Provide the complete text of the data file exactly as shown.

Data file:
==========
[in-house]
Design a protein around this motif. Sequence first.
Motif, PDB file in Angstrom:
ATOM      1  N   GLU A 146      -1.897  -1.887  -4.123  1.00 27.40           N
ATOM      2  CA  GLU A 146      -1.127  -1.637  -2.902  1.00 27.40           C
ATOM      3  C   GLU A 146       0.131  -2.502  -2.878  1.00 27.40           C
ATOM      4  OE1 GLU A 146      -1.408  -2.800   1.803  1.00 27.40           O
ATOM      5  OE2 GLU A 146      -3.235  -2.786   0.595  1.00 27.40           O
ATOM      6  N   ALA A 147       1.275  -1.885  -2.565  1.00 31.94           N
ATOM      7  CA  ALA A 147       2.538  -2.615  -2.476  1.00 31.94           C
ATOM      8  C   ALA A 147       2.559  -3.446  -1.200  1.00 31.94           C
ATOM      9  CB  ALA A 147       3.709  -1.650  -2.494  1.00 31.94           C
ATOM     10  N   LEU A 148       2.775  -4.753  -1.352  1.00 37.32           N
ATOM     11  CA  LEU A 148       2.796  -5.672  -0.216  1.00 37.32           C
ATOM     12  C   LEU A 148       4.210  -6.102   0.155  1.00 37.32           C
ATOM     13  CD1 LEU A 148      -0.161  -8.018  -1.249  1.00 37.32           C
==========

[in-house]
Design a protein around this motif. Sequence first.
Motif, PDB file in Angstrom:
ATOM      1  N   GLU A 146      -1.897  -1.887  -4.123  1.00 27.40           N
ATOM      2  CA  GLU A 146      -1.127  -1.637  -2.902  1.00 27.40           C
ATOM      3  C   GLU A 146       0.131  -2.502  -2.878  1.00 27.40           C
ATOM      4  OE1 GLU A 146      -1.408  -2.800   1.803  1.00 27.40           O
ATOM      5  OE2 GLU A 146      -3.235  -2.786   0.595  1.00 27.40           O
ATOM      6  N   ALA A 147       1.275  -1.885  -2.565  1.00 31.94           N
ATOM      7  CA  ALA A 147       2.538  -2.615  -2.476  1.00 31.94           C
ATOM      8  C   ALA A 147       2.559  -3.446  -1.200  1.00 31.94           C
ATOM      9  CB  ALA A 147       3.709  -1.650  -2.494  1.00 31.94           C
ATOM     10  N   LEU A 148       2.775  -4.753  -1.352  1.00 37.32           N
ATOM     11  CA  LEU A 148       2.796  -5.672  -0.216  1.00 37.32           C
ATOM     12  C   LEU A 148       4.210  -6.102   0.155  1.00 37.32           C
ATOM     13  CD1 LEU A 148      -0.161  -8.018  -1.249  1.00 37.32           C